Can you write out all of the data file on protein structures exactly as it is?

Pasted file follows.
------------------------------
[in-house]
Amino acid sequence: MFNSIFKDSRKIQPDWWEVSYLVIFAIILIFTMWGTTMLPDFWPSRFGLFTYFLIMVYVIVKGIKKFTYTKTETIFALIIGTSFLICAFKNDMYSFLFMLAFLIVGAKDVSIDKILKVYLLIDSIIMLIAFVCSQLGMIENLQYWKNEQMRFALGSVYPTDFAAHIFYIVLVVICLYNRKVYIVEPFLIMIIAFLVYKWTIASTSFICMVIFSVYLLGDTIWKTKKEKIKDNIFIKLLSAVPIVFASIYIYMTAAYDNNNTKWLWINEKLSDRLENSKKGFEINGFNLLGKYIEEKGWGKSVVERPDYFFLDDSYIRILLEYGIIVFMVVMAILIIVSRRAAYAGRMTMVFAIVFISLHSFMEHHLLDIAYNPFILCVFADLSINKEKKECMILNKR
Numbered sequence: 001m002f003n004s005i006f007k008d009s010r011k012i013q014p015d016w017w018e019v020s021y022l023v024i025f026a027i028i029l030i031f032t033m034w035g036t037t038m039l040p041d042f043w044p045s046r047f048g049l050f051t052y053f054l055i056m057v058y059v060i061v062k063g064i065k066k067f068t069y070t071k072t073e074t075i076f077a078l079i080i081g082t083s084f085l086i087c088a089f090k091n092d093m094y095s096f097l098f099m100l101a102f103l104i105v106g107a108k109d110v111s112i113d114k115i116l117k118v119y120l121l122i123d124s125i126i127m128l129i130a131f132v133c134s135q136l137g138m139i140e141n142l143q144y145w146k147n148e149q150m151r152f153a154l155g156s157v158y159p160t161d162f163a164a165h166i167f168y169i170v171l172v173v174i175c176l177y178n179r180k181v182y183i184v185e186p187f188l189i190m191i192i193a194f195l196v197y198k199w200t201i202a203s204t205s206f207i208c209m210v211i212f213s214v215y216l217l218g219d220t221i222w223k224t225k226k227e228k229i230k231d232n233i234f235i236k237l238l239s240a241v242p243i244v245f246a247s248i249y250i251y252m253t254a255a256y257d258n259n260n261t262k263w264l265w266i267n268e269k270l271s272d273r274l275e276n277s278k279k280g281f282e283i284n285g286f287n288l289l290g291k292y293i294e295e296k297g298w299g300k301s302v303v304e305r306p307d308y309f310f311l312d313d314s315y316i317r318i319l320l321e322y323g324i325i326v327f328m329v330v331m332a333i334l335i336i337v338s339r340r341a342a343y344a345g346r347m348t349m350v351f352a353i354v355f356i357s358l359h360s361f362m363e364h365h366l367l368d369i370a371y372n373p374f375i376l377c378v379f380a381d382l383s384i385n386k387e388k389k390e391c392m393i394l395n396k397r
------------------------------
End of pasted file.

[in-house]
Amino acid sequence: MFNSIFKDSRKIQPDWWEVSYLVIFAIILIFTMWGTTMLPDFWPSRFGLFTYFLIMVYVIVKGIKKFTYTKTETIFALIIGTSFLICAFKNDMYSFLFMLAFLIVGAKDVSIDKILKVYLLIDSIIMLIAFVCSQLGMIENLQYWKNEQMRFALGSVYPTDFAAHIFYIVLVVICLYNRKVYIVEPFLIMIIAFLVYKWTIASTSFICMVIFSVYLLGDTIWKTKKEKIKDNIFIKLLSAVPIVFASIYIYMTAAYDNNNTKWLWINEKLSDRLENSKKGFEINGFNLLGKYIEEKGWGKSVVERPDYFFLDDSYIRILLEYGIIVFMVVMAILIIVSRRAAYAGRMTMVFAIVFISLHSFMEHHLLDIAYNPFILCVFADLSINKEKKECMILNKR
Numbered sequence: 001m002f003n004s005i006f007k008d009s010r011k012i013q014p015d016w017w018e019v020s021y022l023v024i025f026a027i028i029l030i031f032t033m034w035g036t037t038m039l040p041d042f043w044p045s046r047f048g049l050f051t052y053f054l055i056m057v058y059v060i061v062k063g064i065k066k067f068t069y070t071k072t073e074t075i076f077a078l079i080i081g082t083s084f085l086i087c088a089f090k091n092d093m094y095s096f097l098f099m100l101a102f103l104i105v106g107a108k109d110v111s112i113d114k115i116l117k118v119y120l121l122i123d124s125i126i127m128l129i130a131f132v133c134s135q136l137g138m139i140e141n142l143q144y145w146k147n148e149q150m151r152f153a154l155g156s157v158y159p160t161d162f163a164a165h166i167f168y169i170v171l172v173v174i175c176l177y178n179r180k181v182y183i184v185e186p187f188l189i190m191i192i193a194f195l196v197y198k199w200t201i202a203s204t205s206f207i208c209m210v211i212f213s214v215y216l217l218g219d220t221i222w223k224t225k226k227e228k229i230k231d232n233i234f235i236k237l238l239s240a241v242p243i244v245f246a247s248i249y250i251y252m253t254a255a256y257d258n259n260n261t262k263w264l265w266i267n268e269k270l271s272d273r274l275e276n277s278k279k280g281f282e283i284n285g286f287n288l289l290g291k292y293i294e295e296k297g298w299g300k301s302v303v304e305r306p307d308y309f310f311l312d313d314s315y316i317r318i319l320l321e322y323g324i325i326v327f328m329v330v331m332a333i334l335i336i337v338s339r340r341a342a343y344a345g346r347m348t349m350v351f352a353i354v355f356i357s358l359h360s361f362m363e364h365h366l367l368d369i370a371y372n373p374f375i376l377c378v379f380a381d382l383s384i385n386k387e388k389k390e391c392m393i394l395n396k397r